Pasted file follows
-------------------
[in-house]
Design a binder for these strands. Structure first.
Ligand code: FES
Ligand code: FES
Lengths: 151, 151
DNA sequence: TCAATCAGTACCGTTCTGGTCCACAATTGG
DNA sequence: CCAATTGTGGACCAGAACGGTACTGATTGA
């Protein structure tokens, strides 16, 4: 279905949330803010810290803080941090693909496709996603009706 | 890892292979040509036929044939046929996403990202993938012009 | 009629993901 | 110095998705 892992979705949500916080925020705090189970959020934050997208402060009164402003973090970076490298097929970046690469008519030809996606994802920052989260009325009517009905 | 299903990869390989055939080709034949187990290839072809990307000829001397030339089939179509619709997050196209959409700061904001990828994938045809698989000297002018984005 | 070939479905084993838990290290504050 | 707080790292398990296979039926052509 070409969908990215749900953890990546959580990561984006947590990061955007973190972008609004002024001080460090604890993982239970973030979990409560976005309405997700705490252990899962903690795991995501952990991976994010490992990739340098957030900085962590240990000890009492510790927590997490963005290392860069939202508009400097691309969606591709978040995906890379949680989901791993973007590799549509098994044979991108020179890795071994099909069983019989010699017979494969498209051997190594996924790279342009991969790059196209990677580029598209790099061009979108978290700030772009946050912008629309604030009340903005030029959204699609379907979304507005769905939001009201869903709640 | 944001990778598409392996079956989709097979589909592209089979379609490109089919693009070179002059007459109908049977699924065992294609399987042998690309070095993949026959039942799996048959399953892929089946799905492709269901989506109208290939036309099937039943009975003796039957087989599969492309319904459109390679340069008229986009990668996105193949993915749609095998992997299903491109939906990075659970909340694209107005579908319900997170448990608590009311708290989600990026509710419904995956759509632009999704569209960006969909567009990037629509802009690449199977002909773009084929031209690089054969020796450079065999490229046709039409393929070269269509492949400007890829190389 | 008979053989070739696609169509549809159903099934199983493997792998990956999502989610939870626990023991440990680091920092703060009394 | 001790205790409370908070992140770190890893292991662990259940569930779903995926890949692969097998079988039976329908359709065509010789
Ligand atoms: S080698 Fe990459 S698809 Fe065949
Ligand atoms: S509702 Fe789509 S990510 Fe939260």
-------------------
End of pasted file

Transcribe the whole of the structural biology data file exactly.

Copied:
[in-house]
Design a binder for these strands. Structure first.
Ligand code: FES
Ligand code: FES
Lengths: 151, 151
DNA sequence: TCAATCAGTACCGTTCTGGTCCACAATTGG
DNA sequence: CCAATTGTGGACCAGAACGGTACTGATTGA
């Protein structure tokens, strides 16, 4: 279905949330803010810290803080941090693909496709996603009706 | 890892292979040509036929044939046929996403990202993938012009 | 009629993901 | 110095998705 892992979705949500916080925020705090189970959020934050997208402060009164402003973090970076490298097929970046690469008519030809996606994802920052989260009325009517009905 | 299903990869390989055939080709034949187990290839072809990307000829001397030339089939179509619709997050196209959409700061904001990828994938045809698989000297002018984005 | 070939479905084993838990290290504050 | 707080790292398990296979039926052509 070409969908990215749900953890990546959580990561984006947590990061955007973190972008609004002024001080460090604890993982239970973030979990409560976005309405997700705490252990899962903690795991995501952990991976994010490992990739340098957030900085962590240990000890009492510790927590997490963005290392860069939202508009400097691309969606591709978040995906890379949680989901791993973007590799549509098994044979991108020179890795071994099909069983019989010699017979494969498209051997190594996924790279342009991969790059196209990677580029598209790099061009979108978290700030772009946050912008629309604030009340903005030029959204699609379907979304507005769905939001009201869903709640 | 944001990778598409392996079956989709097979589909592209089979379609490109089919693009070179002059007459109908049977699924065992294609399987042998690309070095993949026959039942799996048959399953892929089946799905492709269901989506109208290939036309099937039943009975003796039957087989599969492309319904459109390679340069008229986009990668996105193949993915749609095998992997299903491109939906990075659970909340694209107005579908319900997170448990608590009311708290989600990026509710419904995956759509632009999704569209960006969909567009990037629509802009690449199977002909773009084929031209690089054969020796450079065999490229046709039409393929070269269509492949400007890829190389 | 008979053989070739696609169509549809159903099934199983493997792998990956999502989610939870626990023991440990680091920092703060009394 | 001790205790409370908070992140770190890893292991662990259940569930779903995926890949692969097998079988039976329908359709065509010789
Ligand atoms: S080698 Fe990459 S698809 Fe065949
Ligand atoms: S509702 Fe789509 S990510 Fe939260």